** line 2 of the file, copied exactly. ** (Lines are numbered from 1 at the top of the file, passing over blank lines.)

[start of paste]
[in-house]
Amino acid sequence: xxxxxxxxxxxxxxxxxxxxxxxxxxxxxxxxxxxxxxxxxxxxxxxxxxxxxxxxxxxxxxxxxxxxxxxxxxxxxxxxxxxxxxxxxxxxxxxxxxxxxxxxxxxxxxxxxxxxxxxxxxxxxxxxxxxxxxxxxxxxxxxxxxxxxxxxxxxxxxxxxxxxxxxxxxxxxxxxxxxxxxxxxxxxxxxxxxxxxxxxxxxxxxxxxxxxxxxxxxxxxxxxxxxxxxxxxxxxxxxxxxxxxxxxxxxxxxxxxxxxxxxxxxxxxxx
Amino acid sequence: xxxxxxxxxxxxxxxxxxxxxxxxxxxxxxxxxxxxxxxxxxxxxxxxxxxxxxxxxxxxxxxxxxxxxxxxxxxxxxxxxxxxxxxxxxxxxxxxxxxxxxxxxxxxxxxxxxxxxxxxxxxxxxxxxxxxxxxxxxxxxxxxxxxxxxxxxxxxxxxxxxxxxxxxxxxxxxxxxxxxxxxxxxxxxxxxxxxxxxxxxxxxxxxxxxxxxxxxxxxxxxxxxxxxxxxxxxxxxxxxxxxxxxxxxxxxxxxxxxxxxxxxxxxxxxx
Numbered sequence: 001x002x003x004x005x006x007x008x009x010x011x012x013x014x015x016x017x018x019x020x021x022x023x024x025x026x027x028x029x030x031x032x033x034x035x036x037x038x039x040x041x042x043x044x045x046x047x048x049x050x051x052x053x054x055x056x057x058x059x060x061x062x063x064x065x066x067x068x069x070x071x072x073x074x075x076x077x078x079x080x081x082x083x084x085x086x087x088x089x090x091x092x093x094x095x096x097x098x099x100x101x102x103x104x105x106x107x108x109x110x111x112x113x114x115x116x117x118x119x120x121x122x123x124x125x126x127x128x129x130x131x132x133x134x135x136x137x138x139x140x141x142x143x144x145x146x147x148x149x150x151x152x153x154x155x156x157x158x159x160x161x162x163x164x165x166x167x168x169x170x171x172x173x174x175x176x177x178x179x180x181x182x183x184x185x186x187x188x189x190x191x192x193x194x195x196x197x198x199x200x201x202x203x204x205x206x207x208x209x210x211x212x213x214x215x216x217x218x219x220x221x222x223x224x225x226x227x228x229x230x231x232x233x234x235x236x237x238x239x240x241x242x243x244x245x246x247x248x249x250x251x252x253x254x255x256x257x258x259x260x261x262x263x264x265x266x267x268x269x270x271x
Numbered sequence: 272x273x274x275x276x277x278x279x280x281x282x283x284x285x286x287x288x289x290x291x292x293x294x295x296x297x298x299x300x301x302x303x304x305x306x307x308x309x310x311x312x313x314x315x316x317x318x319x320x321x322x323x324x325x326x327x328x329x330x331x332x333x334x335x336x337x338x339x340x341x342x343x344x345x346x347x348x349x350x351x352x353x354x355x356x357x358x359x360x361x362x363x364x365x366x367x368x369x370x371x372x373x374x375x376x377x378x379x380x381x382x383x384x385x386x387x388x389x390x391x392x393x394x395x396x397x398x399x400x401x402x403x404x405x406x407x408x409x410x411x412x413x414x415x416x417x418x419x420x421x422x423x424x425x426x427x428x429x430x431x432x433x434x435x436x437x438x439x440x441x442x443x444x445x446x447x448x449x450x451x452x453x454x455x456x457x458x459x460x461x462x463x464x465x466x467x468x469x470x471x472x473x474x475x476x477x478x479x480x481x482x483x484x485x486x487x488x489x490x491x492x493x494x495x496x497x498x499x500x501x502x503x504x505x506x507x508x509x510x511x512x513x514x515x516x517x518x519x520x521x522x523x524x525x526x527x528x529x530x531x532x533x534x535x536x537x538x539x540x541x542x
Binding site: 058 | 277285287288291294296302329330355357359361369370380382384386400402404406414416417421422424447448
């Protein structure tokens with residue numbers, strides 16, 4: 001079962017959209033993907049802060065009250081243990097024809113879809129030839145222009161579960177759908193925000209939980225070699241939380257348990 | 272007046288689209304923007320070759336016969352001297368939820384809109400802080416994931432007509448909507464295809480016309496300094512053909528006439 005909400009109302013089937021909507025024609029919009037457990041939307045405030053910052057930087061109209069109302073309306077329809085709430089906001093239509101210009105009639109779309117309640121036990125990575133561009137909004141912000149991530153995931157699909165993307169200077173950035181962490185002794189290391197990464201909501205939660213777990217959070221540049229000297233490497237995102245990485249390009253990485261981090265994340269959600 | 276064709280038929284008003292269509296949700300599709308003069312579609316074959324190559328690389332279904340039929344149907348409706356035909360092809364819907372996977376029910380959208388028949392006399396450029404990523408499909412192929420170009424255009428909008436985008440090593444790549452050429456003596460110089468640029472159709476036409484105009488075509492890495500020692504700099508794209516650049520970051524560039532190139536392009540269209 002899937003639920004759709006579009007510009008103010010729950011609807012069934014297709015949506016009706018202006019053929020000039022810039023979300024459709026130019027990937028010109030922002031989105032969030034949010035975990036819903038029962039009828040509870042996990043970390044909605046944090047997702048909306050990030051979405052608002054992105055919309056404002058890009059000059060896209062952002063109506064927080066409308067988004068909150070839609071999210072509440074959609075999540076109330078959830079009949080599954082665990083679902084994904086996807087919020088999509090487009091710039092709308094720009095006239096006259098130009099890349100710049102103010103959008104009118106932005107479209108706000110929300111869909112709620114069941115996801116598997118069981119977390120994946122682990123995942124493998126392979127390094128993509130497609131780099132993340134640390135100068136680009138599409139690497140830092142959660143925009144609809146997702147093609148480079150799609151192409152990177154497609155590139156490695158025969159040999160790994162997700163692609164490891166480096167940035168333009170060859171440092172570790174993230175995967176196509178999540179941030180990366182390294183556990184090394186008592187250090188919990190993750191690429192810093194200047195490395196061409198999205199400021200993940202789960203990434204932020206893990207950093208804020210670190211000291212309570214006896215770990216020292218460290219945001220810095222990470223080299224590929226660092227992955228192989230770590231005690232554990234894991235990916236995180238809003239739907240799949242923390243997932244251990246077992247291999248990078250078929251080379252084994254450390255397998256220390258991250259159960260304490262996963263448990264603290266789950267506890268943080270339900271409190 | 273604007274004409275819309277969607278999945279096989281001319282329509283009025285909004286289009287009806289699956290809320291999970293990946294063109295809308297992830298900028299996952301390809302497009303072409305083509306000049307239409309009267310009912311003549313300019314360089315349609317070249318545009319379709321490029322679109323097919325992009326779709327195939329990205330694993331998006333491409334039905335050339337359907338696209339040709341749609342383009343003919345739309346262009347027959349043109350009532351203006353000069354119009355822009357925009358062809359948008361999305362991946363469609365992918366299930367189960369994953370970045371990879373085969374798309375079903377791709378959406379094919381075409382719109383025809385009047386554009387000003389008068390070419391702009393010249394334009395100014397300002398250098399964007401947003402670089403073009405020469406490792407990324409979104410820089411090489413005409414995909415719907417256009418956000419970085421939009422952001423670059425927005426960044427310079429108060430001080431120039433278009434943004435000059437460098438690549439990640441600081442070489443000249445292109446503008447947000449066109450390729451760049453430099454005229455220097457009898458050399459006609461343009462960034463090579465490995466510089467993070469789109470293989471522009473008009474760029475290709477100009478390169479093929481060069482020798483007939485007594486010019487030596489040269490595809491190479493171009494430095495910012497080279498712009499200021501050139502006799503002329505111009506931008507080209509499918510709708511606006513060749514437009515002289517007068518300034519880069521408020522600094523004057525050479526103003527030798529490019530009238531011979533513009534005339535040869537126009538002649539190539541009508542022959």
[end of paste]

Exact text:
Amino acid sequence: xxxxxxxxxxxxxxxxxxxxxxxxxxxxxxxxxxxxxxxxxxxxxxxxxxxxxxxxxxxxxxxxxxxxxxxxxxxxxxxxxxxxxxxxxxxxxxxxxxxxxxxxxxxxxxxxxxxxxxxxxxxxxxxxxxxxxxxxxxxxxxxxxxxxxxxxxxxxxxxxxxxxxxxxxxxxxxxxxxxxxxxxxxxxxxxxxxxxxxxxxxxxxxxxxxxxxxxxxxxxxxxxxxxxxxxxxxxxxxxxxxxxxxxxxxxxxxxxxxxxxxxxxxxxxxx